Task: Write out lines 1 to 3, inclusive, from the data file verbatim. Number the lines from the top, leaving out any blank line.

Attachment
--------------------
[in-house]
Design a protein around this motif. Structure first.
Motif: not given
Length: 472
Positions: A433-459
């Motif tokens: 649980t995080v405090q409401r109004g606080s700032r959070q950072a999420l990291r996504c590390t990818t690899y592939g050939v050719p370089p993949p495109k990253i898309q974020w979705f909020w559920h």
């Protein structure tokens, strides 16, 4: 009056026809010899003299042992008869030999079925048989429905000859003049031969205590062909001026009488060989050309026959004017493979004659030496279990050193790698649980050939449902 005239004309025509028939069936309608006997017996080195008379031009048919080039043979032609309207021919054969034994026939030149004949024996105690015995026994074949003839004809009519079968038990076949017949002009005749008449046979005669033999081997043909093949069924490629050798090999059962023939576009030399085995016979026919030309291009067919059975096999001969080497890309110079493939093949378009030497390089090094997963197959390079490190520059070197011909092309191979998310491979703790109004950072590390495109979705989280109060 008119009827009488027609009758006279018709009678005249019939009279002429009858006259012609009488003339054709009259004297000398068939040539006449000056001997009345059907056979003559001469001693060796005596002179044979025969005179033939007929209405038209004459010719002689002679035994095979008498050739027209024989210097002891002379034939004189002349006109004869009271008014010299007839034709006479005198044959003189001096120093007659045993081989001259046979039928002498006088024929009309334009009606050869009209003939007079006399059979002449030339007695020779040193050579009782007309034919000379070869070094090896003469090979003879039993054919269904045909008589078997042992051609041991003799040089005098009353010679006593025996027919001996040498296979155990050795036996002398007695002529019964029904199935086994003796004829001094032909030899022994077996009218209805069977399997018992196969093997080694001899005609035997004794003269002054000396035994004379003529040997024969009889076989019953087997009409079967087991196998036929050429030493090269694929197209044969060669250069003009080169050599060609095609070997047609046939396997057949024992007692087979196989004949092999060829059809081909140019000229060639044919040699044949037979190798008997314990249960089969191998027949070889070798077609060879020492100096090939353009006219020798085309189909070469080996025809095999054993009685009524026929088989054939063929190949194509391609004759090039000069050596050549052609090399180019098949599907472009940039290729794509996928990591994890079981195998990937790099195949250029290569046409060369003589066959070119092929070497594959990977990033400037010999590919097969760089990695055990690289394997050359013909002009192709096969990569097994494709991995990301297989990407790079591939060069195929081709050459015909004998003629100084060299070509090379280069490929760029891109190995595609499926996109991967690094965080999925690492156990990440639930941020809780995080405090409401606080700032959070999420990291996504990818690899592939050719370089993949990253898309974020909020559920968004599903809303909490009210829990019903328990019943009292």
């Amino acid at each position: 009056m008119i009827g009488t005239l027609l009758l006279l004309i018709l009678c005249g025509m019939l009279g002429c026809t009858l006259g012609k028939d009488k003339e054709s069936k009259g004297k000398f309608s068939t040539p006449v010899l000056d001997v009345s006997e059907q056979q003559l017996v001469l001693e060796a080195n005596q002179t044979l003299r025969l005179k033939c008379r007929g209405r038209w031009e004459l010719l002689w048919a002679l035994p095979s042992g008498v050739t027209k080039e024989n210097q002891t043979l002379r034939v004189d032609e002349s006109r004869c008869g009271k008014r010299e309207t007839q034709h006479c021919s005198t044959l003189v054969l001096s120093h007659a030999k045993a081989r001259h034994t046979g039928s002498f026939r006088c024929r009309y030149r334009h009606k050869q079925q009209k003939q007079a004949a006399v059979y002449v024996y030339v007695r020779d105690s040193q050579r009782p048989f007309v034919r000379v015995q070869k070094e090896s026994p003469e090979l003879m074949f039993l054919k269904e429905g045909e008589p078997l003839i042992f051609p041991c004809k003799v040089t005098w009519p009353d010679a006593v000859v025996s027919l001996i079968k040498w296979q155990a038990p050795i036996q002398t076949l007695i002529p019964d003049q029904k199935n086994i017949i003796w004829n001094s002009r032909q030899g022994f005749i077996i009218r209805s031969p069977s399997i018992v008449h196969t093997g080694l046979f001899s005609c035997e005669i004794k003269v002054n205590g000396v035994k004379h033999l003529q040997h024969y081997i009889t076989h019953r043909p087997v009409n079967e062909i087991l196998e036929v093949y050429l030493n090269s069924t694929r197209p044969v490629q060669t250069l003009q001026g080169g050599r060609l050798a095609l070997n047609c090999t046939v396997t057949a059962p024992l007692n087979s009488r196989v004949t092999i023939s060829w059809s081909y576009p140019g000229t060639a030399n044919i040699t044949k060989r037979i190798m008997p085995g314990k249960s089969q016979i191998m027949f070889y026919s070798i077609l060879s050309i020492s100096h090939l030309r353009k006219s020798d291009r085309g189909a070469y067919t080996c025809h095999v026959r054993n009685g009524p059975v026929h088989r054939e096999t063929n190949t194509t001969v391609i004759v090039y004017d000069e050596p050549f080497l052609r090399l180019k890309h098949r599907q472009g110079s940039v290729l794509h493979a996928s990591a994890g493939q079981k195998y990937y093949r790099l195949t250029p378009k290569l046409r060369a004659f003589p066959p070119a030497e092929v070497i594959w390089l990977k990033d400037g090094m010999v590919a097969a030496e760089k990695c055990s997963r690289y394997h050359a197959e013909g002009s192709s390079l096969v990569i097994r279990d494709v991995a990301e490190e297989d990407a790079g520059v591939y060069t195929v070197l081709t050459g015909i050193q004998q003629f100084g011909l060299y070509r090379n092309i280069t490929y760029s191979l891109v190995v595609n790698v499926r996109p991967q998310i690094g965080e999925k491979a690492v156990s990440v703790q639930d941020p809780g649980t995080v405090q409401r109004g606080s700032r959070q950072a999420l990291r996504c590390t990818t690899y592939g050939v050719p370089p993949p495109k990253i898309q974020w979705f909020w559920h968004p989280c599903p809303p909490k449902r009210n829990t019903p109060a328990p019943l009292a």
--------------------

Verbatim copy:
[in-house]
Design a protein around this motif. Structure first.
Motif: not given